Owen Brown is an artist and Art Force MSP showcase member currently living in Minneapolis whose work has been shown nationally. Last year we featured Brown’s essay, Autobiography in Art, and Transmission, Interpretation, Transgression, exploring the ever evolving interaction of ideas and people throughout art’s history. Enjoy his newest piece, Paying Attention, and the Path of Painting:
Last year I was given a residency in a small village in southern France. I painted morning and night (and if you want to see what prompted Air Le Parc to give me the residency, take a close look at Fieldworkexodus.com) and in the afternoons, when it was too hot to paint, but not too hot to hike, I took long walks. The countryside was lovely.
Hills and fields, little woods and streams, sheep and cows. It was lonely and lovely. Buzzards circled overhead, buntings sang and I kept my eyes and my sketchbook open. My phone’s camera, too. What I noticed then was about the nature of noticing. The world is all around us, and extends far beyond what we could ever see. And of that world, we ignore almost all, to take our notice of a few things closely. So these cows, in a corner of their field, played an outside role in my conception of the day – they loomed bigger than any field, and I drew and painted them larger than the life they led. I was reminded of Wallace Stevens’ “Anecdote of a Jar.”
I placed a jar in Tennessee,
And round it was, upon a hill.
It made the slovenly wilderness
Surround that hill.
The wilderness rose up to it,
And sprawled around, no longer wild.
The jar was round upon the ground
And tall and of a port in air.
It took dominion everywhere.
The jar was gray and bare.
It did not give of bird or bush,
Like nothing else in Tennessee.
And just as poetry, so painting, or art itself. Painting is about being more alive, more intense. And a large part of painting is paying attention. To what is about, visually, externally, and then what is transmuted, internally as well.
It’s also about this transformation – something strange which addresses the surface to be painted, and mysteriously dresses it. What is dross and what is gold? So my cows, and my field. Where did these changes come from? The painter brings out an item and intensifies it from undifferentiated reality, that’s a part of the process. The other is that a painting is not just about an object, not just a pointer to and merely representative of an object, but a thing in itself. And an important thing. There are so many things shrieking from our hypercommercialized world today; the more there are, the fewer, paradoxically, because we don’t see ‘em. It’s chaos. Good painting is a way of calming this chaos, or at least guiding us to avoid some of its perplexities. Regardless its subject matter, its prettiness, or lack thereof.
It is also a way of seeing directly. Good painters have sighted eyes, even if they are painting in the studio, even if their paintings seem to have no referent in the outside world. They see something that isn’t seen without them, and they paint it. Great painters see something that no one else could see – they aren’t playing in the marketplace for “received ideas,” but instead, are putting their hands and hearts together for something beyond the opinion of their age. to quote English essayist Andrew Maar, they move beyond “the popular concept of beauty.”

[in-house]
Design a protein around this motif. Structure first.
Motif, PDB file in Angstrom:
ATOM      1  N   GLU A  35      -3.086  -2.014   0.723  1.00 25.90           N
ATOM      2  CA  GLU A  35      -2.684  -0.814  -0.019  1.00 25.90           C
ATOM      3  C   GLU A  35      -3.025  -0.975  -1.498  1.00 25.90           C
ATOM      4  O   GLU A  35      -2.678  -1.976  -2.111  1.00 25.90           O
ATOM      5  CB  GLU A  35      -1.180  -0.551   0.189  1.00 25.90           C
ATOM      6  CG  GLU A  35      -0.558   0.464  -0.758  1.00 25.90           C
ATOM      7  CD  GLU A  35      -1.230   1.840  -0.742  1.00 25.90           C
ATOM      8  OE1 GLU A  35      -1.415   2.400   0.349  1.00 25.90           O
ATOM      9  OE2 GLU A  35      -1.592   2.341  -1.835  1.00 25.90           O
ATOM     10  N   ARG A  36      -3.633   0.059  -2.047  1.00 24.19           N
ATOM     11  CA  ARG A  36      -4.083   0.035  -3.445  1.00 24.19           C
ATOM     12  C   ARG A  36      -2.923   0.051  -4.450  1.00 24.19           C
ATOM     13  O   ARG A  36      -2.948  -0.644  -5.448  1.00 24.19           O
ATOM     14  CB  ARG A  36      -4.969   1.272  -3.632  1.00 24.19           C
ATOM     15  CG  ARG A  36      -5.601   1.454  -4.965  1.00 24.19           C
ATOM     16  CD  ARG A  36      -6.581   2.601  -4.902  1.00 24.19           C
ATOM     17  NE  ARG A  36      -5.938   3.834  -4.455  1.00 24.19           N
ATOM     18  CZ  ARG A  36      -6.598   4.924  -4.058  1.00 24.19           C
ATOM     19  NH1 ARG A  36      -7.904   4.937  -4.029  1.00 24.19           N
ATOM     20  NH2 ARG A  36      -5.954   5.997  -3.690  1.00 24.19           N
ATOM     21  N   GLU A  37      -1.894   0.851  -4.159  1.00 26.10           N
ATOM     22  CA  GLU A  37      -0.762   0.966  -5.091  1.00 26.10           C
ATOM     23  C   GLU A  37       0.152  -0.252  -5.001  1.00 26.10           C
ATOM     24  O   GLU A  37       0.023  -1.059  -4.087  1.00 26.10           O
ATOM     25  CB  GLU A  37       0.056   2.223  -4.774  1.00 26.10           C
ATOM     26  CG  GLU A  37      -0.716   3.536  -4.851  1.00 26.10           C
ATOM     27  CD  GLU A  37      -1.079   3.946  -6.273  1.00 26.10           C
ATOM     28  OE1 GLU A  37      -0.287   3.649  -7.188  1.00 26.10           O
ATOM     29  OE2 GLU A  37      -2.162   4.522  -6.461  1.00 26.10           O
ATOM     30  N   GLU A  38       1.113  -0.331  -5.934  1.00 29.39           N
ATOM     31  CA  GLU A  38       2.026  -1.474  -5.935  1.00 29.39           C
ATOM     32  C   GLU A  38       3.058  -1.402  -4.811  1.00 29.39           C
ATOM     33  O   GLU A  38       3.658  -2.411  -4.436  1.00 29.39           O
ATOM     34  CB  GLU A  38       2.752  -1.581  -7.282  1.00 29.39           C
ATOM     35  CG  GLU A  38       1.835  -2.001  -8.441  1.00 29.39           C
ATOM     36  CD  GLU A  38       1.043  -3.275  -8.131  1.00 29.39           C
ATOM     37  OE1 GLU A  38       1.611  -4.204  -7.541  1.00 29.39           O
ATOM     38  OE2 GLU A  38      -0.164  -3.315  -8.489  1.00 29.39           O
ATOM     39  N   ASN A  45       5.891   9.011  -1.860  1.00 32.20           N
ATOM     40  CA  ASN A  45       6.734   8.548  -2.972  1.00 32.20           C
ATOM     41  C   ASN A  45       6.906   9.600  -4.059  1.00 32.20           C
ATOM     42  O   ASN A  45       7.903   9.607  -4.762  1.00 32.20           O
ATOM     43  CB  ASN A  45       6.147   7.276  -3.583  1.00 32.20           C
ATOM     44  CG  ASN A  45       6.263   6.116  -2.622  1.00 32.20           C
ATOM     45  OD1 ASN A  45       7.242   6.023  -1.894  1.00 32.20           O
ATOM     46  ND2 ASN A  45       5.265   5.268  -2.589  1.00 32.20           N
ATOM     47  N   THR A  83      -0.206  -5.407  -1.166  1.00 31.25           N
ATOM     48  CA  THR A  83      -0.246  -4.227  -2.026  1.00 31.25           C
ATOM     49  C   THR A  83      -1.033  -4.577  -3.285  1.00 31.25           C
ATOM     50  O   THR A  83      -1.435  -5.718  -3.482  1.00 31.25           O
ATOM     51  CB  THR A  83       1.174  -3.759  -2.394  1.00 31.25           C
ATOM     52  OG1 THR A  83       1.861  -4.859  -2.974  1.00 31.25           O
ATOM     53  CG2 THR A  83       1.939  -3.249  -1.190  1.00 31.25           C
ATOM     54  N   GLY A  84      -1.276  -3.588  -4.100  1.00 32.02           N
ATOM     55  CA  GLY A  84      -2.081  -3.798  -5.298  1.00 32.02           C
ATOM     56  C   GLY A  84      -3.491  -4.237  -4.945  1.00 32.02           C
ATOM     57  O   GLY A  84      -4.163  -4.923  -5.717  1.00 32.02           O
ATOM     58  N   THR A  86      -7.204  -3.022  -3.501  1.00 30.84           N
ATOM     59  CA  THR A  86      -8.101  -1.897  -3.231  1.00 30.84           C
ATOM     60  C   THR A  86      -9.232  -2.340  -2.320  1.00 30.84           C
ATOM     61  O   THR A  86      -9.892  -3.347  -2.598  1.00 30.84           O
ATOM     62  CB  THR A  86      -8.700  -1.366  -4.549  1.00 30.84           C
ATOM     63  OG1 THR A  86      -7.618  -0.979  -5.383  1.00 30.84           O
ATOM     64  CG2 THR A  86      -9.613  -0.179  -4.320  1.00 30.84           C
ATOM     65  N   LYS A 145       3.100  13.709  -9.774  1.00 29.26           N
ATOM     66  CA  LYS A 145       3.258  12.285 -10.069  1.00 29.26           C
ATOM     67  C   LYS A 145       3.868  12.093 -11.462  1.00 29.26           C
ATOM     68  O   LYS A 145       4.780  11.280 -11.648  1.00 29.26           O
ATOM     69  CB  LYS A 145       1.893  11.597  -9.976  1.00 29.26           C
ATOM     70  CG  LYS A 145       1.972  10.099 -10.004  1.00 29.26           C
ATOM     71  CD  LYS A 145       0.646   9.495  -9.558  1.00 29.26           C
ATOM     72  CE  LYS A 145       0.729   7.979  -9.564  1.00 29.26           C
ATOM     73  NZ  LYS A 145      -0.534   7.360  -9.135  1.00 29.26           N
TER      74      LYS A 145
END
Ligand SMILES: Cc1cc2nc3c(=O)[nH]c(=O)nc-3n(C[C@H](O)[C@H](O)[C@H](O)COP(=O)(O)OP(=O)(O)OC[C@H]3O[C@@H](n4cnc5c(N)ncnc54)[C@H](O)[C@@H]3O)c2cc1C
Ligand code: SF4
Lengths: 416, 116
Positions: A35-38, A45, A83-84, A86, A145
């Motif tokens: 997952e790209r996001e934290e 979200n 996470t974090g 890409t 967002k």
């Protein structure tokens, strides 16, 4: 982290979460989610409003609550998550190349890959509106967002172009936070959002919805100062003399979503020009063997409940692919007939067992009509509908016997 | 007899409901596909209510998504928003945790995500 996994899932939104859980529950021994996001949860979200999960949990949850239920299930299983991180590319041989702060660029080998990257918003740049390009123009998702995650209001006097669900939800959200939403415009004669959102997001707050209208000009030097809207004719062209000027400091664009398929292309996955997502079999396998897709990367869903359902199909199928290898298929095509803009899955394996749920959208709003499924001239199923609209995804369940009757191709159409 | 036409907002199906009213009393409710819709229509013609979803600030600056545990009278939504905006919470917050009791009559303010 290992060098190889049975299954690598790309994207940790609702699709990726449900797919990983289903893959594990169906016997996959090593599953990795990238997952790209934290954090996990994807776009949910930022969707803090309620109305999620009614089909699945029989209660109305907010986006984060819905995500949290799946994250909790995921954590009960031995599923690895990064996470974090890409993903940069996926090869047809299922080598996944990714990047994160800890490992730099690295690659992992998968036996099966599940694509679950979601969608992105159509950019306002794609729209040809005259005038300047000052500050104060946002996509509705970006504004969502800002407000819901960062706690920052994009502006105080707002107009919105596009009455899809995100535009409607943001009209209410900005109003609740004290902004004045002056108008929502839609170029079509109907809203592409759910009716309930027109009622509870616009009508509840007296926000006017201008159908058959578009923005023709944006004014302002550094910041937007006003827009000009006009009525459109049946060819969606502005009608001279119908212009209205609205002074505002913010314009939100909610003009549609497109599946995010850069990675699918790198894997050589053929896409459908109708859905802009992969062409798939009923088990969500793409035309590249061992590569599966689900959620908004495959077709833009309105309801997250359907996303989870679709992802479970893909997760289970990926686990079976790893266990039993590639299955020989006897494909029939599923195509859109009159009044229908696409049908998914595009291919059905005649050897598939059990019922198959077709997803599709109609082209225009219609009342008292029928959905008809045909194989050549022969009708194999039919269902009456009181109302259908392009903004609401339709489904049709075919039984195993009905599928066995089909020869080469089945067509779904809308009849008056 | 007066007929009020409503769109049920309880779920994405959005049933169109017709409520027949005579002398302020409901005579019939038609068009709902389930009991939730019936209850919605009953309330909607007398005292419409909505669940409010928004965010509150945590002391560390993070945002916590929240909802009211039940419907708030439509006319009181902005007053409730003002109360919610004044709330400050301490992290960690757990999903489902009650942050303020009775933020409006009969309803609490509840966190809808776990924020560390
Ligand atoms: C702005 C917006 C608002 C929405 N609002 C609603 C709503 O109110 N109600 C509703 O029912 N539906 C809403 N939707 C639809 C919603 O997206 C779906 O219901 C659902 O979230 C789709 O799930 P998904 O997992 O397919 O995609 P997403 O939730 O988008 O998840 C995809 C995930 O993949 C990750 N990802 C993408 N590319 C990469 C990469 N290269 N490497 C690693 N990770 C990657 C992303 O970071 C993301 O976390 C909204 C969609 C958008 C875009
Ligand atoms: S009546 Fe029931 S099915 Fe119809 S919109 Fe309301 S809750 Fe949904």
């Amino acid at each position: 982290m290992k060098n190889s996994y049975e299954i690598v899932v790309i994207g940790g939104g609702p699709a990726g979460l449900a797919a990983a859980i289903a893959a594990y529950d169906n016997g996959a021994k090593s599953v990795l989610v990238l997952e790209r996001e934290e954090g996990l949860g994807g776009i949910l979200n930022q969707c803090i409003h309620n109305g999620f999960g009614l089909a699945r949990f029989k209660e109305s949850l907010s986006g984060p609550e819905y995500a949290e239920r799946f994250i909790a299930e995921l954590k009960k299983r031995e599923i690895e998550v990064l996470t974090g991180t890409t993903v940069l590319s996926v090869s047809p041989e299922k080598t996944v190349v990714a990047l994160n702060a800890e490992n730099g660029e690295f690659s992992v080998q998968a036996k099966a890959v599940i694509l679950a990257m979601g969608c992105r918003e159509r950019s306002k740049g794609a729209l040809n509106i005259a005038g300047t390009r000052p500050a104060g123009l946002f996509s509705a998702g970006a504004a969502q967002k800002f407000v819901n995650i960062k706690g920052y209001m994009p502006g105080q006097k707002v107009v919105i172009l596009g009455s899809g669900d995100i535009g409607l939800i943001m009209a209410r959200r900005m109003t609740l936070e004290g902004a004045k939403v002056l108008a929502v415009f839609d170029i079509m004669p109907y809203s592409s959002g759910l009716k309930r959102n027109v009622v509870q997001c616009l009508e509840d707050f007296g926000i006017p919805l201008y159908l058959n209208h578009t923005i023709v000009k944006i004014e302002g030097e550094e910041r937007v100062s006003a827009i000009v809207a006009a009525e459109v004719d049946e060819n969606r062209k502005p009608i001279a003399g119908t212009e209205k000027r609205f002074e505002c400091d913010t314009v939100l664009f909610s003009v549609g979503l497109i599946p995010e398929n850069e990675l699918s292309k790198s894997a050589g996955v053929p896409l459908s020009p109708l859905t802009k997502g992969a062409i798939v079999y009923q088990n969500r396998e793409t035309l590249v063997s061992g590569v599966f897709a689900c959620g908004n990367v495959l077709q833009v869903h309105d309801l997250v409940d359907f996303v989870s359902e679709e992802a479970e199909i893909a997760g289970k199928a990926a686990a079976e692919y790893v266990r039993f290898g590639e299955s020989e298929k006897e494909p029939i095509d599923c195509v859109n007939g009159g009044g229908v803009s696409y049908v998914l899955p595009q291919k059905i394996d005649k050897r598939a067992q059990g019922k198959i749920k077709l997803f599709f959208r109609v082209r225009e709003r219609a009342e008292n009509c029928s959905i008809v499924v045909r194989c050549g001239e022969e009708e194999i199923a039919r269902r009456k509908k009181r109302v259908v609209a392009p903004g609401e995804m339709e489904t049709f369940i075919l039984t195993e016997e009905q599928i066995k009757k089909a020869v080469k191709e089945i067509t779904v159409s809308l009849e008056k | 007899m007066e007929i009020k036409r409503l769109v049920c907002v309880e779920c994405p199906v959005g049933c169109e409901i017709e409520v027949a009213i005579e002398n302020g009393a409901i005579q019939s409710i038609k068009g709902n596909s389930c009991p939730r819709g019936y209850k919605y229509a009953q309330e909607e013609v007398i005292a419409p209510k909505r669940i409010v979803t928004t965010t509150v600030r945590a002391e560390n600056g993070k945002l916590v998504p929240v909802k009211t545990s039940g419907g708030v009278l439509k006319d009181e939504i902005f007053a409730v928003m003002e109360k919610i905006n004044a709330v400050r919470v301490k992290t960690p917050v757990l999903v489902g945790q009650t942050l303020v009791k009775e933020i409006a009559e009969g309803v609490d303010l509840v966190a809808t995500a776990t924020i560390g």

That’s what we strive for. How to see it, how to maintain a standard of honesty and sincerity in painting? There’s a clue in a thought from Joseph Campbell:
“If the path before you is clear, you’re probably on someone else’s.”
Discomfort is a positive good in art. It won’t be summoned by attention, but it cannot exist without it. And a combination of these two form an important basis for the work. Without them a painting can be no more than a series of marks in space, made through time. With them, we have interpretation.
Of what? Sometimes artists can elucidate this immediately. Sometimes not. So my Fields of the Tarn – how do I know where that came from? It rushed upon me in the heat of the days, and painting it my breath was filled with the taste of it, my ears with its sound. As if I was on a road at night, obscured but for flickering lights, as if I was listening to a late Beethoven sonata, with the wind roaring, at times, over the pianist’s delicate phrasing.
Sounds very romantic. I hope it also sounds desperate, because in almost every painting, there are moments of despair. Still, one seeks to pay attention, and to bring a piece to order. This painting may be a “landscape,” but of a topography far from Southern France. It’s an abstracted, nonphysical place. What we have is a map chronicling an activity that was only known to the Owen of then, and then, only briefly.
But this is what we do, and this is what painting, in part, is about. And if the painting is successful, then others can find their own paths through them, find their own countries, with these maps as their uncertain guides.
Brown has had a successful and diverse career that extends far beyond the arts. Poetry and synesthesia are prominent themes in his abstract paintings, often allowing the viewer to create their own interpretation. Owen has exhibited throughout the country, and his work is a part of collections in the United States and Asia. We had the opportunity to interview Brown last year for Art Force Academy.
You can read more from Brown at his website.